The young classes for bullocks were established in 1880.
Long, connects the principal cities along the north and west coasts and those as far east as Ponce on the south coast; a railway between Ponce and Guayama, farther east, was virtually completed in 1910, and the Vega Alta railroad connects Vega Alta with Dorado on the north coast; but there are no inland railways and most of the products of the interior are carried to the coast in carts drawn by bullocks or on the backs of mules.
They do not use the plough; nor do they possess buffaloes, bullocks or cows; their only agricultural implement is a long-handled iron hoe.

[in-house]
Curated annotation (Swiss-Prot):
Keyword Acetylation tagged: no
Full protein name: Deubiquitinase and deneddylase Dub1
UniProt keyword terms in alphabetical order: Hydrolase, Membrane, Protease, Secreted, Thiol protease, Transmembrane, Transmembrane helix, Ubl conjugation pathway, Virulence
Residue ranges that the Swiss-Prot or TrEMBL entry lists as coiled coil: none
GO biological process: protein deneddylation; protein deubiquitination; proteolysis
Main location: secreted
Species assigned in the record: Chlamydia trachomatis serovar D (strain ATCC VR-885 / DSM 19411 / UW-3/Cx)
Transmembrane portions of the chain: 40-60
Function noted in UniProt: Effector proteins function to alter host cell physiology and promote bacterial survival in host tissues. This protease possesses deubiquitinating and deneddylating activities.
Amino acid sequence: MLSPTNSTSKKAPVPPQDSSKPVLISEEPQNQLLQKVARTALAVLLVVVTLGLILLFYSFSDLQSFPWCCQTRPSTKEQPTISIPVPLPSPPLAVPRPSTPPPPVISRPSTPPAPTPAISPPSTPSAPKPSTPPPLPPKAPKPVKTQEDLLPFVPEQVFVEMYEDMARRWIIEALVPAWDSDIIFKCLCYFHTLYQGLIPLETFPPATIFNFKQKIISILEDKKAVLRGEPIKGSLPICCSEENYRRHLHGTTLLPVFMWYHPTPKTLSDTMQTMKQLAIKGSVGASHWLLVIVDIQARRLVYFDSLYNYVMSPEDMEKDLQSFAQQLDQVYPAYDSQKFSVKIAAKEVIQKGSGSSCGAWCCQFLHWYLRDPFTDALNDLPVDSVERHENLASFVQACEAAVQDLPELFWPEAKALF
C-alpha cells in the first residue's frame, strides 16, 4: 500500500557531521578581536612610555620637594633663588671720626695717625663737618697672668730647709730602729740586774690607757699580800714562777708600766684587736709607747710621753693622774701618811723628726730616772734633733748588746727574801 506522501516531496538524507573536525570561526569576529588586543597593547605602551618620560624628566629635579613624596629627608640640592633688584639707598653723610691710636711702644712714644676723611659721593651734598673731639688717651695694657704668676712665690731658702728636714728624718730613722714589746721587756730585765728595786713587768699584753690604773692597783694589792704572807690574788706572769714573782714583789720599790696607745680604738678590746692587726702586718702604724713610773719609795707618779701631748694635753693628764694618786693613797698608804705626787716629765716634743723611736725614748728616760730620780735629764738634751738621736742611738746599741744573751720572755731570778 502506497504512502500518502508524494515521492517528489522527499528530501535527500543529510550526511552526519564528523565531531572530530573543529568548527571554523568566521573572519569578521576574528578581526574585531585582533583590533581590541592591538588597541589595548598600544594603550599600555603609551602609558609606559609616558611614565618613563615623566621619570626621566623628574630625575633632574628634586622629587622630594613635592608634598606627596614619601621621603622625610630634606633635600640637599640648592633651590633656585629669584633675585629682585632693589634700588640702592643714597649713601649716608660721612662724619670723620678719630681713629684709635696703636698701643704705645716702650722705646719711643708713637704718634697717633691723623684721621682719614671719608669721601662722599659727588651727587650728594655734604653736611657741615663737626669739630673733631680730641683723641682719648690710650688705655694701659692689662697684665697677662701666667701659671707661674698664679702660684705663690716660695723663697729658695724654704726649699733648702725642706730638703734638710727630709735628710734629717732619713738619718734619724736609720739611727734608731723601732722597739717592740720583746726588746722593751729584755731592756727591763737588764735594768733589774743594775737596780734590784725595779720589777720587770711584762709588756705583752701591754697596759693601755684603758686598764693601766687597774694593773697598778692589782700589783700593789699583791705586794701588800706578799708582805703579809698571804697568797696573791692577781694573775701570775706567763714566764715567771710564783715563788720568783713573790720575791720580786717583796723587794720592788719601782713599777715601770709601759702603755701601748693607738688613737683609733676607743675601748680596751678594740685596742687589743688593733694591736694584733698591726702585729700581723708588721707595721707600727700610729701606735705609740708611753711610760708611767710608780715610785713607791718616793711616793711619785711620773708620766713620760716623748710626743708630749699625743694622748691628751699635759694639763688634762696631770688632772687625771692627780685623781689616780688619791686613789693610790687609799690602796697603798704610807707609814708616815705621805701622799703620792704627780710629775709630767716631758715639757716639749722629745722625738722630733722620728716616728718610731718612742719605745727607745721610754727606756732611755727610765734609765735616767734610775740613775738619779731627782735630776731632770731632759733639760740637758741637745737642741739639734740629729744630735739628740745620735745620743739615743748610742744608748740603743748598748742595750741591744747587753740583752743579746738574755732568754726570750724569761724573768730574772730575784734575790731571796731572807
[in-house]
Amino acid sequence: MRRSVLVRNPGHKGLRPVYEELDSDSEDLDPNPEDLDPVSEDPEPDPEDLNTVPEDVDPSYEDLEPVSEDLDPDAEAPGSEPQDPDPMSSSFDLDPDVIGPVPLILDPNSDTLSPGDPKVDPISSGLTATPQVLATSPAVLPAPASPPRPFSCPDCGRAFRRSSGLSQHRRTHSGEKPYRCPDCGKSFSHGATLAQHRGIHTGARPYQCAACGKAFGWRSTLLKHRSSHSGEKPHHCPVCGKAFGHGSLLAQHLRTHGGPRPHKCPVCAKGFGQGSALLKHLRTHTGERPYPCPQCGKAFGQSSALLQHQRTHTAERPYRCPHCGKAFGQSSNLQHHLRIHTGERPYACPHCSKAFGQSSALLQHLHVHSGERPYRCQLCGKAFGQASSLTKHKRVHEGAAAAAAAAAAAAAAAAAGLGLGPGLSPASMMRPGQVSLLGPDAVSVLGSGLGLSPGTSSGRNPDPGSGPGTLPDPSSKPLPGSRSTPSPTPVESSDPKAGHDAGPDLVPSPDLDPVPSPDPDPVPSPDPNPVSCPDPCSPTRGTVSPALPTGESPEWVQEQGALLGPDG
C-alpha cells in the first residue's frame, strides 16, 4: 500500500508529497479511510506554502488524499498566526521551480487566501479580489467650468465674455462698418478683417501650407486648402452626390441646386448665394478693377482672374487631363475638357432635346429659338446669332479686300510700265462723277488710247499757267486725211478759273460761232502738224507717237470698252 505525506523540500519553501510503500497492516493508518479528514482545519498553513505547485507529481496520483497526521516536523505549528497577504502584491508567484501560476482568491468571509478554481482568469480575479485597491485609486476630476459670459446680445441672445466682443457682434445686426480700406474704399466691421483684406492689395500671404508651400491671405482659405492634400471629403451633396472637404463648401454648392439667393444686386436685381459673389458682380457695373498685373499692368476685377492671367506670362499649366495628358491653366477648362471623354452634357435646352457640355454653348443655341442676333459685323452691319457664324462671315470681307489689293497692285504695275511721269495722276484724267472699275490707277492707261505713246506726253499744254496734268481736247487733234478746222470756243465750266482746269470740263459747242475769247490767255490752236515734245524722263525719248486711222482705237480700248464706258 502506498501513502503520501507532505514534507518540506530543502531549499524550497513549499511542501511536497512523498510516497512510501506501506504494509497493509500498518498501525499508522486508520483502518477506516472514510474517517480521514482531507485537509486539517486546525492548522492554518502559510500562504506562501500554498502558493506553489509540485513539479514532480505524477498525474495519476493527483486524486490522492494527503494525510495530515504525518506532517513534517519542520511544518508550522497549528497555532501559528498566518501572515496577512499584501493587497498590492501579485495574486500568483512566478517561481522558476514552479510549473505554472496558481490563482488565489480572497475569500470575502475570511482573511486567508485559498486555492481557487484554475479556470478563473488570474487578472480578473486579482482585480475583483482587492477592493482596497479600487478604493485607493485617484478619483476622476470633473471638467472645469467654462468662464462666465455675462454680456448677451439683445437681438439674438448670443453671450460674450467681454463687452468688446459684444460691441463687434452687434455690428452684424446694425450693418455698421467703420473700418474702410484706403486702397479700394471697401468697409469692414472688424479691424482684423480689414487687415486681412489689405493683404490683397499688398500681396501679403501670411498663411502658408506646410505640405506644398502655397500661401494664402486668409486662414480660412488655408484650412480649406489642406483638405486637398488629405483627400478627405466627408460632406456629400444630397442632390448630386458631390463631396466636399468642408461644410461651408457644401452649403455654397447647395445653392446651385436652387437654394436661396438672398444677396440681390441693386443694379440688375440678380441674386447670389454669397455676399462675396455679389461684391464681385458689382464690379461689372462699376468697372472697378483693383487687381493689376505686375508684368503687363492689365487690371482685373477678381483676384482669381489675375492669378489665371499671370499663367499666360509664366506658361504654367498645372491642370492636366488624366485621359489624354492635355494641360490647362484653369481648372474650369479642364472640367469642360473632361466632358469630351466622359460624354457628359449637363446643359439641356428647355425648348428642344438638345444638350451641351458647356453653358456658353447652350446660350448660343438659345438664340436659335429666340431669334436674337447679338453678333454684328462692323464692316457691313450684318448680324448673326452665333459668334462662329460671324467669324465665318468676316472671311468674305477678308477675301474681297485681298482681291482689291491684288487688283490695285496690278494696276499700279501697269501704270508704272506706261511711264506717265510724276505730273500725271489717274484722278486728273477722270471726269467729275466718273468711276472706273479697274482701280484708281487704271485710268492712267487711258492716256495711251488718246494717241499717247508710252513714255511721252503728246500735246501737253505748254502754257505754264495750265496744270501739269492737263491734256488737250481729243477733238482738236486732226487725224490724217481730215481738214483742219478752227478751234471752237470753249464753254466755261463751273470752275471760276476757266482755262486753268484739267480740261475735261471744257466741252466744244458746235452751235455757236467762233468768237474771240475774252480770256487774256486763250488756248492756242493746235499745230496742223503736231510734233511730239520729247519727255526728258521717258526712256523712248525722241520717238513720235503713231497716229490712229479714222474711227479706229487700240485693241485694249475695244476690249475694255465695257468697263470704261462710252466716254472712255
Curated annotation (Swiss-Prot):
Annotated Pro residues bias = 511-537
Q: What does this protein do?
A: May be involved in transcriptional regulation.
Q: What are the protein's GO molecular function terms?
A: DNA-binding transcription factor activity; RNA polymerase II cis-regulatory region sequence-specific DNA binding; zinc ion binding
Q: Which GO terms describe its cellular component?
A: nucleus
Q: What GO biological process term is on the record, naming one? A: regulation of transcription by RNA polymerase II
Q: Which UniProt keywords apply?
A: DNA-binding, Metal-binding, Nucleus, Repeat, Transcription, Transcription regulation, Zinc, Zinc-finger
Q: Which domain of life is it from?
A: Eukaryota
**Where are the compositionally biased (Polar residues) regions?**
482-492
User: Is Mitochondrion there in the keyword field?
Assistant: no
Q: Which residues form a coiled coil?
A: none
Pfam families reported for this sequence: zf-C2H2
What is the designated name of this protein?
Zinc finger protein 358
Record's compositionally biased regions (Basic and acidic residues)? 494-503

In the NorthWest Provinces there are vast areas of prairie land, over which cattle pasture, and from which thousands of fat bullocks are shipped annually.
Throughout other parts bullocks are fed on pasture land, and also in stables on nourishing and succulent feed such as hay, Indian corn fodder, Indian corn silage, turnips, carrots, mangels, ground oats, barley, peas, Indian corn, rye, bran and linseed oil cake.